Facebook reveals NM data center expansion plans
Facebook is planning to expand a data center currently under construction near Albuquerque, NM, doubling its investment in the project and expanding it to a size equal to 17 football fields, according to the Associated Press via ABC News.
The first building at the Los Lunas, NM, is scheduled for completion late next year; the second building is expected to be finished in 2020. Officials estimate that construction will generate $75 million in gross-receipts tax revenue in the next decade.
Los Lunas is giving Facebook a 30-year pass on property taxes in exchange for annual payments from $50,000 to almost $500,000. The state has reportedly said it will provide billions in economic development funding. The state and Facebook also created a renewable energy tariff that will permit Facebook to run the data center on solar and wind power.
Facebook has either completed expansions or is underway with them in several areas of the country. Menlo Park, CA, where the company is headquartered, has seen the most activity this year.
In exchange for zoning changes, development rights and permission to build as tall as it wants for a 1.1-million-square-foot expansion of its headquarters, Facebook promised to provide a host of community benefits. Those include: $430,000 in rent subsidies for community workers like police officers and teachers; $6.3 million for affordable housing; $300,000 annually to the city of Menlo Park for 20 years; guaranteed hotel taxes of more than $1 million each year; and $100,000 per year for at least 10 years in scholarships for local students.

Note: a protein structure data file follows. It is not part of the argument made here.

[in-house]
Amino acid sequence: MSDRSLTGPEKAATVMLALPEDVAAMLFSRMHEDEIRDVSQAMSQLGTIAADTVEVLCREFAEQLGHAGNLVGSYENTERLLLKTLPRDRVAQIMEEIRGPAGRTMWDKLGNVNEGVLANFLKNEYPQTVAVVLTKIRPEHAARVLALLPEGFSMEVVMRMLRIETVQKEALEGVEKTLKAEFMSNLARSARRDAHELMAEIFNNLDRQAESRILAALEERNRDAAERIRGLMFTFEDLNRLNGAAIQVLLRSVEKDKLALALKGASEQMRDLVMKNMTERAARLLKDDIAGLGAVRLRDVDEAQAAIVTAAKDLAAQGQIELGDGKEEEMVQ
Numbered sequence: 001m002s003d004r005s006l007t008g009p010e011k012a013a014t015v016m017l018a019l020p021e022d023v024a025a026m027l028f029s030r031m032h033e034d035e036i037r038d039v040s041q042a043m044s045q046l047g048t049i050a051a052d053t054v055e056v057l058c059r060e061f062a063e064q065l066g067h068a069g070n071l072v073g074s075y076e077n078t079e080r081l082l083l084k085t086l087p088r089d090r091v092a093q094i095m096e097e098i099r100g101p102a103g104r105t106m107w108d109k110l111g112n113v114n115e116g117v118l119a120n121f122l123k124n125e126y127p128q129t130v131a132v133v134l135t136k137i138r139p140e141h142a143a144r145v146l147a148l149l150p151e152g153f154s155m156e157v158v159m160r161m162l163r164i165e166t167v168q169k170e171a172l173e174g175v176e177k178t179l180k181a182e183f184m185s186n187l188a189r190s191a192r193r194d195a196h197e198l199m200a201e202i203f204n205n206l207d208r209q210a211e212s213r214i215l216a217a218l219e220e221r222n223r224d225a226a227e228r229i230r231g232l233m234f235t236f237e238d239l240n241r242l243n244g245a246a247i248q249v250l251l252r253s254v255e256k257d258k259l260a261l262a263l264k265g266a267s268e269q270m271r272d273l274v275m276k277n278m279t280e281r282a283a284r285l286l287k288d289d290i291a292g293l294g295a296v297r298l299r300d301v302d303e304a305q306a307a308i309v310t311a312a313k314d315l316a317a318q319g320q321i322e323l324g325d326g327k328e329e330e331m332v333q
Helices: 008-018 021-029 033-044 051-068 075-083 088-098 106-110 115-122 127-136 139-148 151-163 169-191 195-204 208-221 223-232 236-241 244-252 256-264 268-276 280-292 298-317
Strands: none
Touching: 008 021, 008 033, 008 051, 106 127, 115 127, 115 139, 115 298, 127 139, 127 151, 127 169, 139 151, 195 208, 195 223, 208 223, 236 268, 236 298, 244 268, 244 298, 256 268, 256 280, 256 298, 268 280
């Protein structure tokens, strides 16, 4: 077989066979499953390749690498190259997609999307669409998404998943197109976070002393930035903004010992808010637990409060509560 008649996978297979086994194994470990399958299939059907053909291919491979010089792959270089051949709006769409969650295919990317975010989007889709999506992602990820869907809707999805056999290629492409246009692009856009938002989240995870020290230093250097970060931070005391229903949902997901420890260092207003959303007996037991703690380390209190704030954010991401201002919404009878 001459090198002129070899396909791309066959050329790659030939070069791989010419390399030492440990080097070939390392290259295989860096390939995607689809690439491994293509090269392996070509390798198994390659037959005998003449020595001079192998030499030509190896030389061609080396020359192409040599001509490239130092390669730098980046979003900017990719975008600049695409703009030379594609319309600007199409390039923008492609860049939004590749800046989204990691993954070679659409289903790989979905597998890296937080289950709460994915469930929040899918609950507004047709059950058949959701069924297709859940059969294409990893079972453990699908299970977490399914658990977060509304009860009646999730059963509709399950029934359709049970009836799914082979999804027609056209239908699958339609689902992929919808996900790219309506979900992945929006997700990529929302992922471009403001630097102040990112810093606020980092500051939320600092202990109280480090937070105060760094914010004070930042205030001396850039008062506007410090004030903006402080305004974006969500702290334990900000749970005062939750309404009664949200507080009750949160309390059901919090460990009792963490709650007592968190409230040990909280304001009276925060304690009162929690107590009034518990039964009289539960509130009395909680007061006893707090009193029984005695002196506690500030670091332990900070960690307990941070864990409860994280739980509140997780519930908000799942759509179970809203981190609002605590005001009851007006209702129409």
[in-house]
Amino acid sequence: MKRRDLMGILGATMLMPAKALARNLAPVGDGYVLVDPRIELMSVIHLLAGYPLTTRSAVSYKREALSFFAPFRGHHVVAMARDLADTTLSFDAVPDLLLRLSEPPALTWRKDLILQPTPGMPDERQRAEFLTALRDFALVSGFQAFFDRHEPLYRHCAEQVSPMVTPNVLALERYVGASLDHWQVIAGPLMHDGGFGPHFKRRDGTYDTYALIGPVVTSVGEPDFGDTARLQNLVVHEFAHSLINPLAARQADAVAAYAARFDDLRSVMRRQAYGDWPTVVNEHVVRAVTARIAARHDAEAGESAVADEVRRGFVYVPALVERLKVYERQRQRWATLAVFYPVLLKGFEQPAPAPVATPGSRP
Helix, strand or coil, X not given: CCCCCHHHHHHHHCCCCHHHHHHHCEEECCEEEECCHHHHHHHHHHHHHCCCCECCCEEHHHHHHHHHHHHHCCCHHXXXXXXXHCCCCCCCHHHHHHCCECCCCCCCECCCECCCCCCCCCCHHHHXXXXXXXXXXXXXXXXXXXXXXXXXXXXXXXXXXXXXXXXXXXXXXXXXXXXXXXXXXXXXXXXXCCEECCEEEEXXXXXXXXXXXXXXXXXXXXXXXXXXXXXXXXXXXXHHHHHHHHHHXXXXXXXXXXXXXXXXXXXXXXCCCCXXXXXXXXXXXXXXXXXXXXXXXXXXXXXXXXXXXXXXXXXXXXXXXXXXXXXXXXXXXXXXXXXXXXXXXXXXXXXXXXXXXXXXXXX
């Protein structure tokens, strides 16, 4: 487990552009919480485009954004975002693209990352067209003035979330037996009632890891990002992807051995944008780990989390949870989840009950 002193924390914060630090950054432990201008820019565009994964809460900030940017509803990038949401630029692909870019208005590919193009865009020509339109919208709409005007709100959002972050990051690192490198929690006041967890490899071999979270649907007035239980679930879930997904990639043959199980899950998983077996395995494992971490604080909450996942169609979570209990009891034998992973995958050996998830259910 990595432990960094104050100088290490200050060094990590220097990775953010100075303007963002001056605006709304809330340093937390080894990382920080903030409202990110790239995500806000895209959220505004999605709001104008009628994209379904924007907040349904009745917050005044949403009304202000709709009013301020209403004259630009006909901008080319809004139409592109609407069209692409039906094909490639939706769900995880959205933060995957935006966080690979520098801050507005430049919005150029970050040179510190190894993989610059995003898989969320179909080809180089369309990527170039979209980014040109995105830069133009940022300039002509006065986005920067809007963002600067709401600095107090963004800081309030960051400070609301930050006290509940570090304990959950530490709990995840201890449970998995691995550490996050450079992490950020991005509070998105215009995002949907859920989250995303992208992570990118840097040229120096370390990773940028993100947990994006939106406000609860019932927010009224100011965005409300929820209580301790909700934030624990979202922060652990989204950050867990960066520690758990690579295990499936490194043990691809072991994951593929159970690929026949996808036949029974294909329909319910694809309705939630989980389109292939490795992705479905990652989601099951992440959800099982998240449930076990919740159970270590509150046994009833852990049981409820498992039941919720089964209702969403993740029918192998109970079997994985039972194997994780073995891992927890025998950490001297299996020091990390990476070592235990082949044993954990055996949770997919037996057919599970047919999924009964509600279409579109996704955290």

Earlier this month, Facebook announced plans to build a mixed-use "village" near its headquarters. The company said the project will provide housing and other services to its employees and the public. Some of the features of the planned Willow Campus include 1.75 million square feet of office space, 1,500 residences, 125,000 square feet of retail and a cultural and visitor center.
The social media giant has data centers worldwide. Data centers carry huge energy loads, so to make those projects more efficient, Facebook in 2011 launched the Open Compute Project. Its goal is to make the buildings and the hardware inside them perform better. In the case of the Las Lunas project, efficiency includes renewable power sources and an evaporative cooling system to help protect servers from the dusty area climate.
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